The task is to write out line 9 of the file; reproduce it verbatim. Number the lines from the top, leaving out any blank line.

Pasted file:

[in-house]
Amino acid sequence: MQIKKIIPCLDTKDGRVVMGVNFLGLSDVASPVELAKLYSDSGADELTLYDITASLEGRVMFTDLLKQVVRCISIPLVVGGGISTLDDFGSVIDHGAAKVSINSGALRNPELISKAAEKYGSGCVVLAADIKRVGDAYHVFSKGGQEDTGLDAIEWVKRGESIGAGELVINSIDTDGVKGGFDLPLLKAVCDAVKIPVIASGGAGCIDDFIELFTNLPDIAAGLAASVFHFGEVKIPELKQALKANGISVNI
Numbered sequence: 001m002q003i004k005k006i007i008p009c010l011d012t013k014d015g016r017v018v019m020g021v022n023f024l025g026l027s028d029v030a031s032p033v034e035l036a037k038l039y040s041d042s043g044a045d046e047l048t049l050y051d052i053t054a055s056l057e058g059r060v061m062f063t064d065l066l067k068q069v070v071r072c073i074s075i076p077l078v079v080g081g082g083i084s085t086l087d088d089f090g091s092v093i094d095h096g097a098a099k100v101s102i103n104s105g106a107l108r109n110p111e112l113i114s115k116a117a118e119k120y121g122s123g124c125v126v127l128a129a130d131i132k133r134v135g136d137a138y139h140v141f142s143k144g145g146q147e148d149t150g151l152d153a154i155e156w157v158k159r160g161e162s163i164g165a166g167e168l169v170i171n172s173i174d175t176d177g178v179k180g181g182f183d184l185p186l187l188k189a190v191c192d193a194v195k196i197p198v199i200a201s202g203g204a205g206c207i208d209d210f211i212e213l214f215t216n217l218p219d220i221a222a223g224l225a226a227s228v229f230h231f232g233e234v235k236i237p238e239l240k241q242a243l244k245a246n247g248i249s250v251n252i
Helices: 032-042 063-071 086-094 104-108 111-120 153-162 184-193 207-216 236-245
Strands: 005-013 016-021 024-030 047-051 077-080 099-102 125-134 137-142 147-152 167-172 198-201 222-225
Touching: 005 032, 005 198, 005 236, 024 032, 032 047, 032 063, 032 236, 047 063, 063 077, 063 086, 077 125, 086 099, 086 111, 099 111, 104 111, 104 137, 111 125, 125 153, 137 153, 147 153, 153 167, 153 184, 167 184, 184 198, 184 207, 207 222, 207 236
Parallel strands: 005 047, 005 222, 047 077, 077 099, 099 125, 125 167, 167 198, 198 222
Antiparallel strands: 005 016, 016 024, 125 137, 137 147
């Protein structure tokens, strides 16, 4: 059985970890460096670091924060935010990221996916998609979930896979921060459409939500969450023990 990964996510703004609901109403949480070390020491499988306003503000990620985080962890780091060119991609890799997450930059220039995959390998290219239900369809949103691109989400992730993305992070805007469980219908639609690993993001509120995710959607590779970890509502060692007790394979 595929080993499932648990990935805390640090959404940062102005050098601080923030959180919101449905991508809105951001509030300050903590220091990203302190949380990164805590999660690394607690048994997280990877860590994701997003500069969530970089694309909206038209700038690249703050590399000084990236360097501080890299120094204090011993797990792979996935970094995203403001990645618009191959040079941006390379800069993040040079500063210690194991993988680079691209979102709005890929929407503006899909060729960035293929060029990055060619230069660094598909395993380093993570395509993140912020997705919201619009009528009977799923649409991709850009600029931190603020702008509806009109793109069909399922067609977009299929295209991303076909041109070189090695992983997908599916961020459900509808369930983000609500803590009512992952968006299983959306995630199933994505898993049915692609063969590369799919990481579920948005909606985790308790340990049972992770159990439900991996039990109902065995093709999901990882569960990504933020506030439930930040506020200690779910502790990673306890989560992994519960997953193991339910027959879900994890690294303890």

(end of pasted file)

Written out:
């Protein structure tokens, strides 16, 4: 059985970890460096670091924060935010990221996916998609979930896979921060459409939500969450023990 990964996510703004609901109403949480070390020491499988306003503000990620985080962890780091060119991609890799997450930059220039995959390998290219239900369809949103691109989400992730993305992070805007469980219908639609690993993001509120995710959607590779970890509502060692007790394979 595929080993499932648990990935805390640090959404940062102005050098601080923030959180919101449905991508809105951001509030300050903590220091990203302190949380990164805590999660690394607690048994997280990877860590994701997003500069969530970089694309909206038209700038690249703050590399000084990236360097501080890299120094204090011993797990792979996935970094995203403001990645618009191959040079941006390379800069993040040079500063210690194991993988680079691209979102709005890929929407503006899909060729960035293929060029990055060619230069660094598909395993380093993570395509993140912020997705919201619009009528009977799923649409991709850009600029931190603020702008509806009109793109069909399922067609977009299929295209991303076909041109070189090695992983997908599916961020459900509808369930983000609500803590009512992952968006299983959306995630199933994505898993049915692609063969590369799919990481579920948005909606985790308790340990049972992770159990439900991996039990109902065995093709999901990882569960990504933020506030439930930040506020200690779910502790990673306890989560992994519960997953193991339910027959879900994890690294303890």